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Britain Against Napoleon

Author: Roger Knight
Publisher: Penguin UK
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From Roger Knight, established by his multi-award winning book The Pursuit of Victory as 'an authority ... none of his rivals can match' (N.A.M. Rodger), Britain Against Napoleon is the first book to explain how the British state successfully organised itself to overcome Napoleon - and how very close it came to defeat. For more than twenty years after 1793, the French army was supreme in continental Europe, and the British population lived in fear of French invasion. How was it that despite multiple changes of government and the assassination of a Prime Minister, Britain survived and won a generation-long war against a regime which at its peak in 1807 commanded many times the resources and manpower? This book looks beyond the familiar exploits of the army and navy to the politicians and civil servants, and examines how they made it possible to continue the war at all. It shows the degree to which, as the demands of the war remorselessly grew, the whole British population had to play its part. The intelligence war was also central. Yet no participants were more important, Roger Knight argues, than the bankers and traders of the City of London, without whose financing the armies of Britain's allies could not have taken the field. The Duke of Wellington famously said that the battle which finally defeated Napoleon was 'the nearest run thing you ever saw in your life': this book shows how true that was for the Napoleonic War as a whole. Roger Knight was Deputy Director of the National Maritime Museum until 2000, and now teaches at the Greenwich Maritime Institute at the University of Greenwich. In 2005 he published, with Allen Lane/Penguin, The Pursuit of Victory: The Life and Achievement of Horatio Nelson, which won the Duke of Westminster's Medal for Military History, the Mountbatten Award and the Anderson Medal of the Society for Nautical Research. The present book is a culmination of his life-long interest in the workings of the late 18th-century British state.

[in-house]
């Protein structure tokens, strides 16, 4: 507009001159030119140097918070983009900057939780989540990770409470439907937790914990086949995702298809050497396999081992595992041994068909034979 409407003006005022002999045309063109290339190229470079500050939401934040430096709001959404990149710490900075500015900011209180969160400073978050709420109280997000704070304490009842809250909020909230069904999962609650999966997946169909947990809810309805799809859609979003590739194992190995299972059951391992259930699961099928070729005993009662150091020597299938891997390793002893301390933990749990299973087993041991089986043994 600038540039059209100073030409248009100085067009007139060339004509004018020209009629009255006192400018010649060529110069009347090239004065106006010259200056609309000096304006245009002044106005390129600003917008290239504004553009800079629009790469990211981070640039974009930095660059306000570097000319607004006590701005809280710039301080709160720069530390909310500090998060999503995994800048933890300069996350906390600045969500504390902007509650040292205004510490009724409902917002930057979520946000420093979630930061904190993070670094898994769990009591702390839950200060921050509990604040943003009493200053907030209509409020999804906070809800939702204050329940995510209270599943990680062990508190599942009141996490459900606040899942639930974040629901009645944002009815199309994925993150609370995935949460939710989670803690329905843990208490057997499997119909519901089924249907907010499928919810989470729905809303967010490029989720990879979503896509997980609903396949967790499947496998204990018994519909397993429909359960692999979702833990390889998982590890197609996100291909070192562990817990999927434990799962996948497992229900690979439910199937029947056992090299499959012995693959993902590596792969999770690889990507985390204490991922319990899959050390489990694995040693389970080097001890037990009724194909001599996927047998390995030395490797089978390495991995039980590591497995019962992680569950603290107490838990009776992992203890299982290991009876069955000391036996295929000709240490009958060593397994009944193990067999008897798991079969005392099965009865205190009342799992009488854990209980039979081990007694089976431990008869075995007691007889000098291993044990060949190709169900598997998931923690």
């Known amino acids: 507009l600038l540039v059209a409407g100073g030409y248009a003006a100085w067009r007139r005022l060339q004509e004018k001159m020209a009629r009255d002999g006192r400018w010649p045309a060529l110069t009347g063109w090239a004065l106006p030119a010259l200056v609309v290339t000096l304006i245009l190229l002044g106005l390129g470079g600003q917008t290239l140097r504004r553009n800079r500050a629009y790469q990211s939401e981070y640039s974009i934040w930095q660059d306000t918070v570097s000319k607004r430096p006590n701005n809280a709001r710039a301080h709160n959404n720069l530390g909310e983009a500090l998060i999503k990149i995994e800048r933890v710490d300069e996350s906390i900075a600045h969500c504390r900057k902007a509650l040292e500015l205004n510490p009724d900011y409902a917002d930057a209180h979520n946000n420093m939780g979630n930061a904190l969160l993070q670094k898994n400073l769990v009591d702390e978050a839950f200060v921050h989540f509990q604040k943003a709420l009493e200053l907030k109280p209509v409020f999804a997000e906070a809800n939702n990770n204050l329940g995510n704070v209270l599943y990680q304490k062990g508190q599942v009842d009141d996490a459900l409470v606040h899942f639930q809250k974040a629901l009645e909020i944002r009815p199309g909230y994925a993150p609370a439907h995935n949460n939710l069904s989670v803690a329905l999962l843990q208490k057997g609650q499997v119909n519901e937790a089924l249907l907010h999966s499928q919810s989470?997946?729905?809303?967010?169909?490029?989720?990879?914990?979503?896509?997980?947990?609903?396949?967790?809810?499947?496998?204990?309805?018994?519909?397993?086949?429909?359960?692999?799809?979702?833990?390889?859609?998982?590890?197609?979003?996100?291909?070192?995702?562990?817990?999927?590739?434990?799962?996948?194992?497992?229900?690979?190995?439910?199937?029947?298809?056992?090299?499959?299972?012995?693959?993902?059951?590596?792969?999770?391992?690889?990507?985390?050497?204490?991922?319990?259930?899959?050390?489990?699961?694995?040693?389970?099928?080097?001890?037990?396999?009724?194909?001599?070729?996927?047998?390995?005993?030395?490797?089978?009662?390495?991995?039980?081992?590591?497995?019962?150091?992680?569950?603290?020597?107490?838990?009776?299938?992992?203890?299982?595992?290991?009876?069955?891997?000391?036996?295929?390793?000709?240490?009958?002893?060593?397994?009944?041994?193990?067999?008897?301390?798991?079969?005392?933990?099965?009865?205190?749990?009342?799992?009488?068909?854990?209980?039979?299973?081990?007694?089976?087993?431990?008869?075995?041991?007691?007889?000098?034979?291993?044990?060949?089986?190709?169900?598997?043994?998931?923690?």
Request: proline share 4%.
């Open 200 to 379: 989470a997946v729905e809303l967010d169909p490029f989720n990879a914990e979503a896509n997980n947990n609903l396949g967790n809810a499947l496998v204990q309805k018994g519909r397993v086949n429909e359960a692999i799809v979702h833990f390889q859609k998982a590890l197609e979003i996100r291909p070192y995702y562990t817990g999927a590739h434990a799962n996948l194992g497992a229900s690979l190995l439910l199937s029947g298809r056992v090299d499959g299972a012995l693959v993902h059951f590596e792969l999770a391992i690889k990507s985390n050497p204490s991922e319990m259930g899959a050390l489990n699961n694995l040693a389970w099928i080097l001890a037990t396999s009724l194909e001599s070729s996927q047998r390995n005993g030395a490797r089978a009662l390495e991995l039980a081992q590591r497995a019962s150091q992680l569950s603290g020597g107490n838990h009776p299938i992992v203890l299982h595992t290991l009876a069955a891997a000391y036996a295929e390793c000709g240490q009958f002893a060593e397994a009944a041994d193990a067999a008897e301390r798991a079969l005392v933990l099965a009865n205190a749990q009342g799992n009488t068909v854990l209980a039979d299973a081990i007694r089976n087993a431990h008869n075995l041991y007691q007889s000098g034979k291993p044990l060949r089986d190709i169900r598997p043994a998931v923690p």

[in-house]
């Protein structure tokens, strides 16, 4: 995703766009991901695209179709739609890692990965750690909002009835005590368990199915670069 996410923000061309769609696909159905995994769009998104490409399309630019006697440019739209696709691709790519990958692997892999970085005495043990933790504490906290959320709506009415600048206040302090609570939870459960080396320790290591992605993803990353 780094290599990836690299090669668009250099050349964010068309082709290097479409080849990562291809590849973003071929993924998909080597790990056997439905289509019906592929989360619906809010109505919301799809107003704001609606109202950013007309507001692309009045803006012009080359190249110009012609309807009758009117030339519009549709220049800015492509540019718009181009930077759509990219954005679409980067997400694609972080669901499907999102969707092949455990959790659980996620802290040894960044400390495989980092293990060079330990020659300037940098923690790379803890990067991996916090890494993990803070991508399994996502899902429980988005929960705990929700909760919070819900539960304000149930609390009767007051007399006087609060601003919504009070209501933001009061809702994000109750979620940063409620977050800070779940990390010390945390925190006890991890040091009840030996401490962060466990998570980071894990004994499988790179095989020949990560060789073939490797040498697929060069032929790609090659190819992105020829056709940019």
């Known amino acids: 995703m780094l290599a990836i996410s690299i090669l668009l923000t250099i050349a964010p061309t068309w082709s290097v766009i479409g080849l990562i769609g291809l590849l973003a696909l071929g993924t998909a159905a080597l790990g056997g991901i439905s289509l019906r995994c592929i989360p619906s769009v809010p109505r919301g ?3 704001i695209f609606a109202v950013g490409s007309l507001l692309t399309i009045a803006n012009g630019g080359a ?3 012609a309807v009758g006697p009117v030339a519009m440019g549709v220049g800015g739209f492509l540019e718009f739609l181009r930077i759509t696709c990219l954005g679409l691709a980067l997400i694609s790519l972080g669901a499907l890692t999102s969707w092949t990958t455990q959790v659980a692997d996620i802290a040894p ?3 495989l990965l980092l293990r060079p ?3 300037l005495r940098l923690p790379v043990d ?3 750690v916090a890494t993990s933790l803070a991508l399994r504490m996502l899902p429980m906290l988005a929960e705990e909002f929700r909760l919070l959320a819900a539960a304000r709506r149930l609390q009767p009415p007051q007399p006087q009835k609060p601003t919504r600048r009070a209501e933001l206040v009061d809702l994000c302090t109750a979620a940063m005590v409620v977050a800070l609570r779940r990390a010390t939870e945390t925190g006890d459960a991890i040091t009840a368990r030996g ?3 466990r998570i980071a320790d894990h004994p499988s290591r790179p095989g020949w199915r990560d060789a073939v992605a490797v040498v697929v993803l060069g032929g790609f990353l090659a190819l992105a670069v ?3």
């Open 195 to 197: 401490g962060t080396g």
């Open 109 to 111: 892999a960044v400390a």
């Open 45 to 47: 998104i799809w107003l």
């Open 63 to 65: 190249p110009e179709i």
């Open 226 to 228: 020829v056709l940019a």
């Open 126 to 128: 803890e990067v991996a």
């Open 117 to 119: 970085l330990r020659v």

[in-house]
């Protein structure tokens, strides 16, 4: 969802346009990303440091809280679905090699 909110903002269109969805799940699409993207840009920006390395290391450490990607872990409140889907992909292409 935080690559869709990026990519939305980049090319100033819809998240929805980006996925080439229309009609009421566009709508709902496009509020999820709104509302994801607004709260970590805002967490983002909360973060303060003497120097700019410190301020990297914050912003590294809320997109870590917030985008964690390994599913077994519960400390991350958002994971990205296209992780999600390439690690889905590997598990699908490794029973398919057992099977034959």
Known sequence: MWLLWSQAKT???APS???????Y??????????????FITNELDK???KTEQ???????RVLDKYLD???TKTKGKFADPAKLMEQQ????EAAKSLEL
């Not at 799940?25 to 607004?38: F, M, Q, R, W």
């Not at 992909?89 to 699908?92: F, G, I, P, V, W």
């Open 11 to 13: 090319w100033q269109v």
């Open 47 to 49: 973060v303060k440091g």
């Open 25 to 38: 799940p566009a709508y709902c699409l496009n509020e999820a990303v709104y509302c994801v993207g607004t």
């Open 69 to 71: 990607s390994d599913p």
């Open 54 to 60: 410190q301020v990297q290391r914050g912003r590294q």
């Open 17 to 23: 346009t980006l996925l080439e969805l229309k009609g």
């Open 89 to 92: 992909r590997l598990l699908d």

The English and their History

Author: Robert Tombs
Publisher: Penguin UK